According to a recent study, you need to be more concerned about arsenic than you think—especially if you're pregnant—and it can lurk in totally unsuspecting places.
Arsenic could negatively affect fetal growth, even when consumed in low levels during pregnancy, according to a recent study. And here's the surprising part: You could be exposing yourself to it when consuming something as seemingly innocuous as drinking water or common foods like rice, leafy greens and poultry.
Arsenic and pregnancy
The study comes from the Geisel School of Medicine at Dartmouth and claims to be the first to examine the link between low-level arsenic exposure and pregnancy outcomes (previous studies have looked at the effect of high levels). The current study found that a mother's urinary arsenic levels were tied to infant's birth weight and length. Babies who had been exposed to low levels of arsenic exhibited decreased head circumference at birth.
The researchers studied 700 pairs of women and their newborn babies. "We found that low-levels of arsenic exposure related to small differences in fetal growth. Alterations in fetal growth may have important public health implications," Diane Gilbert-Diamond, Sc.D., one of the study's authors, told Fit Pregnancy. "Some research suggests that head circumference at birth relates to later intellectual function. Research also links fetal growth to later risk of [morbid obesity]." She says future research is needed to determine whether the small differences in birth outcomes relate to any neurological or physical growth differences in infancy and childhood.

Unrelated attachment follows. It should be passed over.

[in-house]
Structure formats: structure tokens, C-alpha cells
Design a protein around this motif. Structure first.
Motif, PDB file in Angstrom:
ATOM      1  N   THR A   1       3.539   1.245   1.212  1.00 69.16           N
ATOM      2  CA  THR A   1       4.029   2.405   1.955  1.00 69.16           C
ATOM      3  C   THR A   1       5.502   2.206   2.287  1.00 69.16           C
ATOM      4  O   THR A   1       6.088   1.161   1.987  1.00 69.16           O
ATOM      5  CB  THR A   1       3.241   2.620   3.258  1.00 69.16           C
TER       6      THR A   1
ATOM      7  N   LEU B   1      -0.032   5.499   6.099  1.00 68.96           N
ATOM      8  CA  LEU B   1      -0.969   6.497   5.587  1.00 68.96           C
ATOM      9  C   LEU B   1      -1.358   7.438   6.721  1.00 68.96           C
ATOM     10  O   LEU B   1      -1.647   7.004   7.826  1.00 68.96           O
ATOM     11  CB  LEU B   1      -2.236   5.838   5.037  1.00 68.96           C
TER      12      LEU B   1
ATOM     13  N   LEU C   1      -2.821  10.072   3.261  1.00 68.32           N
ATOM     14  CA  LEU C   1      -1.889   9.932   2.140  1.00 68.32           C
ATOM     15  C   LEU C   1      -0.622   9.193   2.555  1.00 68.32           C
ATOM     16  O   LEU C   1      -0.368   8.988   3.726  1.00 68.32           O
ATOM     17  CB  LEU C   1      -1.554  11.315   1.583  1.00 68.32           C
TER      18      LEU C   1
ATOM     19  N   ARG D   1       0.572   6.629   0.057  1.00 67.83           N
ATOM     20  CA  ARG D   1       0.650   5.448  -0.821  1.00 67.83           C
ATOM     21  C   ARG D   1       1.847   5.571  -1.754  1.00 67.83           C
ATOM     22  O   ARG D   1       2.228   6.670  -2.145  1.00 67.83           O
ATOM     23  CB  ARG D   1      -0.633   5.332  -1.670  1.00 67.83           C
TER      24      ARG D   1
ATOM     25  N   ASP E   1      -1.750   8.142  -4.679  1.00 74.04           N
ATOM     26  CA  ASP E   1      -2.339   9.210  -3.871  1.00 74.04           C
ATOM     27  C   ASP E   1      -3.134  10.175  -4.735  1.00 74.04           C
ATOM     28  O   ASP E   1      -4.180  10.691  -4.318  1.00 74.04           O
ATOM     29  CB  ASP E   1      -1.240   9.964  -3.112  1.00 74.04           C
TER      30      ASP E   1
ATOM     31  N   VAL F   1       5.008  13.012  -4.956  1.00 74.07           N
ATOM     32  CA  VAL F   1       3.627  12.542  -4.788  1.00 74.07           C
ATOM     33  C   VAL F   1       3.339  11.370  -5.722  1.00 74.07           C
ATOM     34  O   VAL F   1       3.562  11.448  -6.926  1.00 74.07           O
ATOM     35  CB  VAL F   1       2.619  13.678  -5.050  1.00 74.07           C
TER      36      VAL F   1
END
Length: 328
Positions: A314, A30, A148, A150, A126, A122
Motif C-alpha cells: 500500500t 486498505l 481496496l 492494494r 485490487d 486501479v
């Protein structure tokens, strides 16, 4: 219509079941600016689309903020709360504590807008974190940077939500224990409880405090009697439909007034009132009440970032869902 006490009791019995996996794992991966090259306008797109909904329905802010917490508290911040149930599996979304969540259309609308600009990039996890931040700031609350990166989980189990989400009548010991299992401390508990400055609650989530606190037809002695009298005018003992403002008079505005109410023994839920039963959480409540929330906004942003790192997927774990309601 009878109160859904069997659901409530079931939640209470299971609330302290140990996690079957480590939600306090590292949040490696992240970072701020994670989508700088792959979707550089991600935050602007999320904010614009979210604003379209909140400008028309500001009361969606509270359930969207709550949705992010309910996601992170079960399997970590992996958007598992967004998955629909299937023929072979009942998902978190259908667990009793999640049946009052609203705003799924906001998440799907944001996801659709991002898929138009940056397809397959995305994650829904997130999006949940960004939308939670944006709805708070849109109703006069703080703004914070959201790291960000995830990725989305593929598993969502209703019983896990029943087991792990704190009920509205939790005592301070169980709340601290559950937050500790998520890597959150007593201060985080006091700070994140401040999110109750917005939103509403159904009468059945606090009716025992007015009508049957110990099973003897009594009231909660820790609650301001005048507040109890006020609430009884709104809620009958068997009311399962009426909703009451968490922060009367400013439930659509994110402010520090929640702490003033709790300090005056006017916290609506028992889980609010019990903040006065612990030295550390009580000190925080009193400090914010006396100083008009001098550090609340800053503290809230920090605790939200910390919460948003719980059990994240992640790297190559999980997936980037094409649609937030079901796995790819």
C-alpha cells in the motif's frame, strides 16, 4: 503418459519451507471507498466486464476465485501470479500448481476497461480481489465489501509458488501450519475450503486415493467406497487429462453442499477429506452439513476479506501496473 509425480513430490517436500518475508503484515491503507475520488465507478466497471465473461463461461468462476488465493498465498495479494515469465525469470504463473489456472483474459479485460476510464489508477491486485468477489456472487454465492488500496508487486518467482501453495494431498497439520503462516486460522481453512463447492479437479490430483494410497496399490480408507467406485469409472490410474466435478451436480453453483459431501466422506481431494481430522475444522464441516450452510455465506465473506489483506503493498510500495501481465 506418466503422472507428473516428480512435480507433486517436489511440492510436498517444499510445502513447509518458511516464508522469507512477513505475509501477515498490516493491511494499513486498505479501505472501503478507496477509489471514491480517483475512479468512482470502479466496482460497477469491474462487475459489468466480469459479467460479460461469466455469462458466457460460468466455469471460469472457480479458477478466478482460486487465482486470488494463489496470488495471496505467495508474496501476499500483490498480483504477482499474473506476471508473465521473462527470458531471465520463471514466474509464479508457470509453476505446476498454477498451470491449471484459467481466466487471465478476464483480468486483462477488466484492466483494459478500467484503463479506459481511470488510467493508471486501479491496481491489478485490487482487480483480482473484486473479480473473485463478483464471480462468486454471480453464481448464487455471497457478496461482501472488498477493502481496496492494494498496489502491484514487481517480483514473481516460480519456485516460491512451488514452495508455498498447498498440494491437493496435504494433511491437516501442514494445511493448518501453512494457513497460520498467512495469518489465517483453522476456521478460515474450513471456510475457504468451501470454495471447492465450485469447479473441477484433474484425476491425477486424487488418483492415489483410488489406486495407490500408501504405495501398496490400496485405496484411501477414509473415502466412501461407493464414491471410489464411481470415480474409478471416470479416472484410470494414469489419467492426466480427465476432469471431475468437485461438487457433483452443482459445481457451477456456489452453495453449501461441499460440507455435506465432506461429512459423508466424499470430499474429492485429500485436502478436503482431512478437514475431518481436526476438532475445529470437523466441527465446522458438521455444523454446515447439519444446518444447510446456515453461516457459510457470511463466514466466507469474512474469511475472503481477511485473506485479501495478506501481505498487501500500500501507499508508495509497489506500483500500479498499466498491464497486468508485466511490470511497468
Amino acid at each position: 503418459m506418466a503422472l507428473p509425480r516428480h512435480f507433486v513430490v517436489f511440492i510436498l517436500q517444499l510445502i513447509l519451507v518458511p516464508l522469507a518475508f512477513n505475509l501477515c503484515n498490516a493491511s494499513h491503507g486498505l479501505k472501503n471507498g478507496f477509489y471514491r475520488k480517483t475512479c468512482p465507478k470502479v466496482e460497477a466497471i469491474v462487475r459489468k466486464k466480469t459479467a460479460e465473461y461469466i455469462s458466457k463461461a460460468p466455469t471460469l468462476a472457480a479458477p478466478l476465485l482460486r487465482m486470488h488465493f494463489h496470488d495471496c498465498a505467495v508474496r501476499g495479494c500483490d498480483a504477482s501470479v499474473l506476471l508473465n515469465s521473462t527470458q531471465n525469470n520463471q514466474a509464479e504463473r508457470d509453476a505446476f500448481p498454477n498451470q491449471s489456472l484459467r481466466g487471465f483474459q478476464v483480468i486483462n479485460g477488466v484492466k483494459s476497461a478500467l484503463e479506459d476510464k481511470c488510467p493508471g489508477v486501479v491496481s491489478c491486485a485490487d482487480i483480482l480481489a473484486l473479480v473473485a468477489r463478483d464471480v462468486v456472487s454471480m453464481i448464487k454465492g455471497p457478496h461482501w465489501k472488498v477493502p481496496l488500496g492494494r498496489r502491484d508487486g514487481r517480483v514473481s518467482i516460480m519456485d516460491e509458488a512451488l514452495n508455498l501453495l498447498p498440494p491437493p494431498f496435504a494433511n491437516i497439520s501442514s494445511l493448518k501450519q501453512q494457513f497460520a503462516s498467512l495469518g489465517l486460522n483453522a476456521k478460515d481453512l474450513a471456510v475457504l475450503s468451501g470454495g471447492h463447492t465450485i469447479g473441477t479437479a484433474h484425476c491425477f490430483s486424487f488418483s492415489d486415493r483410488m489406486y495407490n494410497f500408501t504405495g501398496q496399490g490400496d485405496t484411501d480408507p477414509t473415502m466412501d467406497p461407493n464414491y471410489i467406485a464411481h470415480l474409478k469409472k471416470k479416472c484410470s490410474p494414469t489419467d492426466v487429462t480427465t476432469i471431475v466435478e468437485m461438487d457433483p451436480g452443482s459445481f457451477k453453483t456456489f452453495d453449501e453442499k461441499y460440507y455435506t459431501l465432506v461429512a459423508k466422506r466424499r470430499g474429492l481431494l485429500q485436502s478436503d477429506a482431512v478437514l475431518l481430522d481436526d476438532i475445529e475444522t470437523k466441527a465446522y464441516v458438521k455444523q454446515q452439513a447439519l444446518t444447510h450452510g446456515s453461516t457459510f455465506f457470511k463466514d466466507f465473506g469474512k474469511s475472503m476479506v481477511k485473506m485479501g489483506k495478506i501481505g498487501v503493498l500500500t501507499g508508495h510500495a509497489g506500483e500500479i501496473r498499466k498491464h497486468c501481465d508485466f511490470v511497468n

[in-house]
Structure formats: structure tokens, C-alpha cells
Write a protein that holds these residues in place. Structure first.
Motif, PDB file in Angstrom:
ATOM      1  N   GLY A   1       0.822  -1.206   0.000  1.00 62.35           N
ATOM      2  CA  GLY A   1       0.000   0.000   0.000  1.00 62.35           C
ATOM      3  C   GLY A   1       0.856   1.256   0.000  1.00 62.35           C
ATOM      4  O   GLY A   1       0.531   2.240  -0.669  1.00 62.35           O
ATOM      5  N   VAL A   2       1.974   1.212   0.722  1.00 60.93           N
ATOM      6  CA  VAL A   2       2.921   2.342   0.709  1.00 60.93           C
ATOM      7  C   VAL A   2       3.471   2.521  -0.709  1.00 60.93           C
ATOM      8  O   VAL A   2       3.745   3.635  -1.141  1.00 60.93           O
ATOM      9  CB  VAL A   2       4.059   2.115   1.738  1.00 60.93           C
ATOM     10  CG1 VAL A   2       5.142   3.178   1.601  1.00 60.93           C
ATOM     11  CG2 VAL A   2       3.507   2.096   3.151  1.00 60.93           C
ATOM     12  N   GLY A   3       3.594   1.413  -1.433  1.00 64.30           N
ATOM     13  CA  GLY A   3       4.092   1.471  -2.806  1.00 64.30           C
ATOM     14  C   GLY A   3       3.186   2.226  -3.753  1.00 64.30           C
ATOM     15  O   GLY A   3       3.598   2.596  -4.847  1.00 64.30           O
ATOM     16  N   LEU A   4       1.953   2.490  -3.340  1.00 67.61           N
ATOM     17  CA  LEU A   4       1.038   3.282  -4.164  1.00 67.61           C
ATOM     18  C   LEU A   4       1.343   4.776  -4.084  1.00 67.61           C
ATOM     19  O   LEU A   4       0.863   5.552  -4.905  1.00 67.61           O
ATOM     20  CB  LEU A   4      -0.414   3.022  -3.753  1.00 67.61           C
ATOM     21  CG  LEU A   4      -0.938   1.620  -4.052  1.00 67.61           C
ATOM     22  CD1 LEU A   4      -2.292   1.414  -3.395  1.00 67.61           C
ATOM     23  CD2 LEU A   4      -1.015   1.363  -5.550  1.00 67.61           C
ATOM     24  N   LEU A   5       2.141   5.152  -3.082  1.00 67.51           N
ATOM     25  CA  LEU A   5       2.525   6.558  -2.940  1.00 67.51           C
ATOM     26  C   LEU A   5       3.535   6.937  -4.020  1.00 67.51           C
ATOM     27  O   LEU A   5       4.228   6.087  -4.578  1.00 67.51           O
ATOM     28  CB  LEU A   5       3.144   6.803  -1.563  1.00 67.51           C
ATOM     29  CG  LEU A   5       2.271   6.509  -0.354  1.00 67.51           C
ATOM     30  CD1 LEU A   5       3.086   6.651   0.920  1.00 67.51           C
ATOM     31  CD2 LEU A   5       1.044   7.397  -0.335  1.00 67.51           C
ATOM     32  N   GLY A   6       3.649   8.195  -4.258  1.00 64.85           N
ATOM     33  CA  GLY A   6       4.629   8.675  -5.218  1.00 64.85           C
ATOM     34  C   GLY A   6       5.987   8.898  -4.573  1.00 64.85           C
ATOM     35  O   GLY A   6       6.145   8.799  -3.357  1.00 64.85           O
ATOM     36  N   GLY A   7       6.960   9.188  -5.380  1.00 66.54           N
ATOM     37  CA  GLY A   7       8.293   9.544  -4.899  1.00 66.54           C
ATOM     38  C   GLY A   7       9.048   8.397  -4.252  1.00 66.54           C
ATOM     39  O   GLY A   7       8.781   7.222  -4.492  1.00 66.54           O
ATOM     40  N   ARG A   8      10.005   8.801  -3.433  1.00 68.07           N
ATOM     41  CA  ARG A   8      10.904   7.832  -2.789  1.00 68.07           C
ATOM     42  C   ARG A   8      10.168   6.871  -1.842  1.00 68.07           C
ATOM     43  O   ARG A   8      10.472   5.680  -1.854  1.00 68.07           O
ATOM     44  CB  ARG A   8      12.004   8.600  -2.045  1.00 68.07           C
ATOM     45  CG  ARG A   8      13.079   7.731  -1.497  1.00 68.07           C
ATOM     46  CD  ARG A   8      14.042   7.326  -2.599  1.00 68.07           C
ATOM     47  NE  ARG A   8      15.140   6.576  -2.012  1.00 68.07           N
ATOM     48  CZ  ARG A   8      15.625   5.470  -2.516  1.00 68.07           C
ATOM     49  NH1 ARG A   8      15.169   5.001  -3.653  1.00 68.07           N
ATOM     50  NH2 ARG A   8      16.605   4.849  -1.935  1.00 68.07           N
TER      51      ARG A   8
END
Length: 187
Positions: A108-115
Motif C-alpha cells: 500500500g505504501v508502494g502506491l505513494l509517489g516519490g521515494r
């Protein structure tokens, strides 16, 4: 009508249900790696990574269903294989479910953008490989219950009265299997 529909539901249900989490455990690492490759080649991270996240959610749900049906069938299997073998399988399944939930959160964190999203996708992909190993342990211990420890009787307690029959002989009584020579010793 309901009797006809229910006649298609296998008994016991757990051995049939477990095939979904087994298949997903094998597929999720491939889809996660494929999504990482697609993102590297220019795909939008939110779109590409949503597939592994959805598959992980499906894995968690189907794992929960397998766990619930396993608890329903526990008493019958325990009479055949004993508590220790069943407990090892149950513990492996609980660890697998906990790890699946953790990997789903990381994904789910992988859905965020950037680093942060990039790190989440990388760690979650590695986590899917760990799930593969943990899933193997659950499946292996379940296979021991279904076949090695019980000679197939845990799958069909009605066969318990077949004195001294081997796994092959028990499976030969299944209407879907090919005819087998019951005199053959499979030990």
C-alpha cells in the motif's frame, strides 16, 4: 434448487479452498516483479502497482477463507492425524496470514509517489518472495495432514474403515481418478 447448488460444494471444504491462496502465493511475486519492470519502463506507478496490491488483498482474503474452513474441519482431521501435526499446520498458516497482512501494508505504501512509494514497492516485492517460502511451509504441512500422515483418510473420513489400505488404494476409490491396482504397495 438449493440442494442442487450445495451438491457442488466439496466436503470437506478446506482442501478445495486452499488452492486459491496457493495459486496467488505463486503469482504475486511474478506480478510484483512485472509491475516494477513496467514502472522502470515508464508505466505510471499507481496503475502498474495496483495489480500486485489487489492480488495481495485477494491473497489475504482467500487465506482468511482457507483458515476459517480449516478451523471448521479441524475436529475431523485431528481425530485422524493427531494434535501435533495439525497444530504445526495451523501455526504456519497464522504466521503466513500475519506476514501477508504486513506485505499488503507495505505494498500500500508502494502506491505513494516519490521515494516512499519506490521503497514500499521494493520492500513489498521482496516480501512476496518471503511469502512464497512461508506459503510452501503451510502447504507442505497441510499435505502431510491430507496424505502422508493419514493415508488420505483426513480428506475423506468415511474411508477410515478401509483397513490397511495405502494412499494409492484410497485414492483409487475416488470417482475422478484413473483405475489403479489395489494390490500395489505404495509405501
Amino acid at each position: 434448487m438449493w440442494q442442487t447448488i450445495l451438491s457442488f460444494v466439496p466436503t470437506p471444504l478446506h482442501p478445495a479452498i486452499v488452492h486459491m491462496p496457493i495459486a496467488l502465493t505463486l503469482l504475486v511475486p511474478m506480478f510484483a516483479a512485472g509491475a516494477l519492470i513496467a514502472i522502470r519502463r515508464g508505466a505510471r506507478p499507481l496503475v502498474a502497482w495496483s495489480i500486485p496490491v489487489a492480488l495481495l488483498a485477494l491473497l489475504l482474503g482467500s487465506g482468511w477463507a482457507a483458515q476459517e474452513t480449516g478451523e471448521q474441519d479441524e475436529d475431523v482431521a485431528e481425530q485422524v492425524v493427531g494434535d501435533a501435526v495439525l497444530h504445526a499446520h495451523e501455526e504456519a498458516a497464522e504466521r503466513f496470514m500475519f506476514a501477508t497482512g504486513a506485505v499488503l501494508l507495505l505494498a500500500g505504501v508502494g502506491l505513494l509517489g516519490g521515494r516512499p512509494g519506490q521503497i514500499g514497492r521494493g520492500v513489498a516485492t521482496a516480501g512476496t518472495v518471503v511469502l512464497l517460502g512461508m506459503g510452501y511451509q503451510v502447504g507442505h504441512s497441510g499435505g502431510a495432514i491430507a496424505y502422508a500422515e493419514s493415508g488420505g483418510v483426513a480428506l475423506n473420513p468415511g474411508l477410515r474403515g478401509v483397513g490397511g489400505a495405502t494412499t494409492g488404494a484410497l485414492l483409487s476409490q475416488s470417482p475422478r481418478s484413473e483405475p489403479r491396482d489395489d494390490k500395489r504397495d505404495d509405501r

How to avoid it
While we do need some additional research in order to determine the exact relationship between low levels arsenic exposure and pregnancy, the researchers believe it's important for pregnant women to be aware of what they're consuming.
"There is a way for pregnant women to check how much arsenic their water contains," Dr. Gilbert-Diamond said. "Public water supplies are monitored and regulated so that their arsenic levels meet the threshold that the EPA considers safe. People who drink water from private wells should have them tested for arsenic and other contaminants. Local public health and state environmental health agencies will have specific guidance on how to access certified well water testing resources. We also have an interactive graphic tool that offers specific information on how to reduce exposure to arsenic in food and water. Filtering drinking water can be done to remove arsenic. After getting one's well water tested, a homeowner can talk to their local health department to find out more about filtering options."
Margaret Karagas, professor and chair of Geisel's Department of Epidemiology and a senior author of the study says it's a particular concern in rural regions where many people rely on private, unregulated drinking water. "People who use private wells need to have them tested for arsenic and other contaminants as recommended by their local public health agency," she says.